versión impresa ISSN 0212-1611
GONZALEZ MOLERO, I. et al. Influence of temperature on food intake in hospitalized patients. Nutr. Hosp. [online]. 2008, vol.23, n.1, pp.54-59. ISSN 0212-1611.
Background and objectives: Prevalence of hyponutrition in hospitalized patients is very high and it has been shown to be an important prognostic factor. Most of admitted patients depend on hospital food to cover their nutritional demands being important to assess the factors influencing their intake, which may be modified in order to improve it and prevent the consequences of inadequate feeding. In previous works, it has been shown that one of the worst scored characteristics of dishes was the temperature. The aim of this study was to assess the influence of temperature on patient's satisfaction and amount eaten depending on whether the food was served in isothermal trolleys keeping proper food temperature or not. Material and methods: We carried out satisfaction surveys to hospitalized patients having regular diets, served with or without isothermal trolleys. The following data were gathered: age, gender, weight, number of visits, mobility, autonomy, amount of orally taken medication, intake of out-of-hospital foods, qualification of food temperature, presentation and smokiness, amount of food eaten, and reasons for not eating all the content of the tray. Results: Of the 363 surveys, 134 (37.96%) were done to patients with isothermal trays and 229 (62.04%) to patients without them. Sixty percent of the patients referred having eaten less than the normal amount within the last week, the most frequent reason being decreased appetite. During lunch and dinner, 69.3% and 67.7%, respectively, ate half or less of the tray content, the main reasons being as follows: lack of appetite (42% at lunch time and 40% at dinner), do not like the food (24.3 and 26.2%) or taste (15.3 and 16.8%). Other less common reasons were the odor, the amount of food, having nausea or vomiting, fatigue, and lack of autonomy. There were no significant differences in the amount eaten by gender, weight, number of visits, amount of medication, and level of physical activity. The food temperature was classified as adequate by 62% of the patients, the presentation by 95%, and smokiness by 85%. When comparing the patients served with or without isothermal trays, there were no differences with regards to baseline characteristics analyzed that might have had an influence on amount eaten. Ninety percent of the patients with isothermal trolley rated the food temperature as good, as compared with 57.2% of the patients with conventional trolley, the difference being statistically significant (P = 0.000). Besides, there were differences in the amount of food eaten between patients with and without isothermal trolley, so that 41% and 27.7% ate all the tray content, respectively, difference being statistically significant (P = 0.007). There were no differences in smokiness or presentation rating. Conclusions: Most of the patients (60%) had decreased appetite during hospital admission. The percentage of hospitalized patients rating the food temperature as being good is higher among patients served with isothermal trolleys. The amount of food eaten by the patients served with isothermal trolleys is significantly higher that in those without them.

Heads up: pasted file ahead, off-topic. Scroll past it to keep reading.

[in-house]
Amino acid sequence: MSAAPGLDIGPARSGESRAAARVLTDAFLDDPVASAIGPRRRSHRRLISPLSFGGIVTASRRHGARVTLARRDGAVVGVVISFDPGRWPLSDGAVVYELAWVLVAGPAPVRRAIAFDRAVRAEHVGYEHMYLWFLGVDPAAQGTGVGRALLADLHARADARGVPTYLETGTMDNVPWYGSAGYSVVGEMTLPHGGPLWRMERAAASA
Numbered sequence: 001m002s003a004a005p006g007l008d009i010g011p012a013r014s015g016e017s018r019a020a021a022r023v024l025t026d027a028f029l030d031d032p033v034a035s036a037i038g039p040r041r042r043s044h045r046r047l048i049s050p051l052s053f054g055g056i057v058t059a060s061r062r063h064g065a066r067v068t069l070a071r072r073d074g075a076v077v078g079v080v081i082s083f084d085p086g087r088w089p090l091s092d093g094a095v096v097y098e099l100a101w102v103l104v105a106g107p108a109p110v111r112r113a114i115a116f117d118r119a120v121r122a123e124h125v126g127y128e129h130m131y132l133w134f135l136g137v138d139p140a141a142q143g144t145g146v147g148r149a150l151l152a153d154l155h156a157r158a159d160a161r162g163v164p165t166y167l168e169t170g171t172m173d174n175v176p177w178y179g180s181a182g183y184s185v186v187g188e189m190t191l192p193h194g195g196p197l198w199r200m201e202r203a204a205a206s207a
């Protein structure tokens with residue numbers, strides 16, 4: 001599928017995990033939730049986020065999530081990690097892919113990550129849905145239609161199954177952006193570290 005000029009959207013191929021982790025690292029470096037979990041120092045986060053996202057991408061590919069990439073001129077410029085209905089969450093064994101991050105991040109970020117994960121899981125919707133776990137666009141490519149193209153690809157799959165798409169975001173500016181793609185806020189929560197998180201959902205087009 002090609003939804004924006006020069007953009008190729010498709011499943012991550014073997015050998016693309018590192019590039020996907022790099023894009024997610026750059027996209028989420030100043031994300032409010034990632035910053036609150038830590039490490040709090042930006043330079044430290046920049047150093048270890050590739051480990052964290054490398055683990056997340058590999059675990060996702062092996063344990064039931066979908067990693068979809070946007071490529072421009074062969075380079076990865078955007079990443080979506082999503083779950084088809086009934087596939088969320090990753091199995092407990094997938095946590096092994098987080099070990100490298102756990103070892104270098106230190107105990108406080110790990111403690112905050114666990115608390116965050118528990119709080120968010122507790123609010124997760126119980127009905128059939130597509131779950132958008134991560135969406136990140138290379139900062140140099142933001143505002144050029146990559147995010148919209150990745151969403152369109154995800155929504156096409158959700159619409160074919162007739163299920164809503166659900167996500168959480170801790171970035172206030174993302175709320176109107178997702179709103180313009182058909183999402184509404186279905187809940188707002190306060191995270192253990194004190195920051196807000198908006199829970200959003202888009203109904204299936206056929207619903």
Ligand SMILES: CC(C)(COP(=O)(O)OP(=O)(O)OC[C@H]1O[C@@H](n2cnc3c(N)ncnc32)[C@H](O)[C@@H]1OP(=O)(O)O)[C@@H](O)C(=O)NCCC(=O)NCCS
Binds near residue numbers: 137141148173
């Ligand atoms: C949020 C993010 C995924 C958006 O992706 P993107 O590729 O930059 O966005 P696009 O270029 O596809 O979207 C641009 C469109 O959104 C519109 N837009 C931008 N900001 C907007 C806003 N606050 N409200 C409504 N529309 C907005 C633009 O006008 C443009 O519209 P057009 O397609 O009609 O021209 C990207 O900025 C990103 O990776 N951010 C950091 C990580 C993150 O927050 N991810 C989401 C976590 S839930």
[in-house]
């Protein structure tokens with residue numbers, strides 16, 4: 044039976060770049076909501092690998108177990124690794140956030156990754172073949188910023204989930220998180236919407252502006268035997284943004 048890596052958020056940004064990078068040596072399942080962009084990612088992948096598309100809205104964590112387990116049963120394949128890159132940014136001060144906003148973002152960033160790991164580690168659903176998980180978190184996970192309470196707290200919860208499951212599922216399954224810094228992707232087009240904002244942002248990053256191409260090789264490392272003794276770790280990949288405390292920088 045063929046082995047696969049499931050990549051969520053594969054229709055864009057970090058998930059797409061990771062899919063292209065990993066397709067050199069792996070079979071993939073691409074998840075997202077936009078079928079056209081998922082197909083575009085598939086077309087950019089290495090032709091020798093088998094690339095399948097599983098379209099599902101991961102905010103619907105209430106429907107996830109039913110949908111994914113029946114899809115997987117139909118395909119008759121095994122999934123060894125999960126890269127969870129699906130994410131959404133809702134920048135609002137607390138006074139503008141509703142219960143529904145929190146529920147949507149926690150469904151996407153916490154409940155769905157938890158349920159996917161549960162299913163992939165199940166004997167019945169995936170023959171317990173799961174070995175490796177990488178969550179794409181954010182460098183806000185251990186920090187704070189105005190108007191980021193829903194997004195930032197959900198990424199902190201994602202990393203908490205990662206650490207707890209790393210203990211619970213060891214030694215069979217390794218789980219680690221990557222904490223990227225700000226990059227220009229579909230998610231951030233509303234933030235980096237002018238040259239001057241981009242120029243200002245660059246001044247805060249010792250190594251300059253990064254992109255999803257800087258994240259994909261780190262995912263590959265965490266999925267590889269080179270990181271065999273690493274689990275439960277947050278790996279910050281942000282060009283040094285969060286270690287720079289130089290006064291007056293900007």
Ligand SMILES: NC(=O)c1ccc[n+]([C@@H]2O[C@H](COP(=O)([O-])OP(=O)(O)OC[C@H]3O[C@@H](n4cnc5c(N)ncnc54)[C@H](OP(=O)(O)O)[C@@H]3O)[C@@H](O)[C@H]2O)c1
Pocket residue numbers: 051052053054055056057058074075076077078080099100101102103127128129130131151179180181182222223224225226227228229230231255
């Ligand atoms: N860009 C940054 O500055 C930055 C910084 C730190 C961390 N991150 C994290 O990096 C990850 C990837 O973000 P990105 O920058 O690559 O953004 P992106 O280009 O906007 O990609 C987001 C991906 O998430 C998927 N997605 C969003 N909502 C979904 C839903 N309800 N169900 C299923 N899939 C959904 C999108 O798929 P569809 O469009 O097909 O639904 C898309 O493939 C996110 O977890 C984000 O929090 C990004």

Palabras clave : Hospital diet; Satisfaction; Temperature.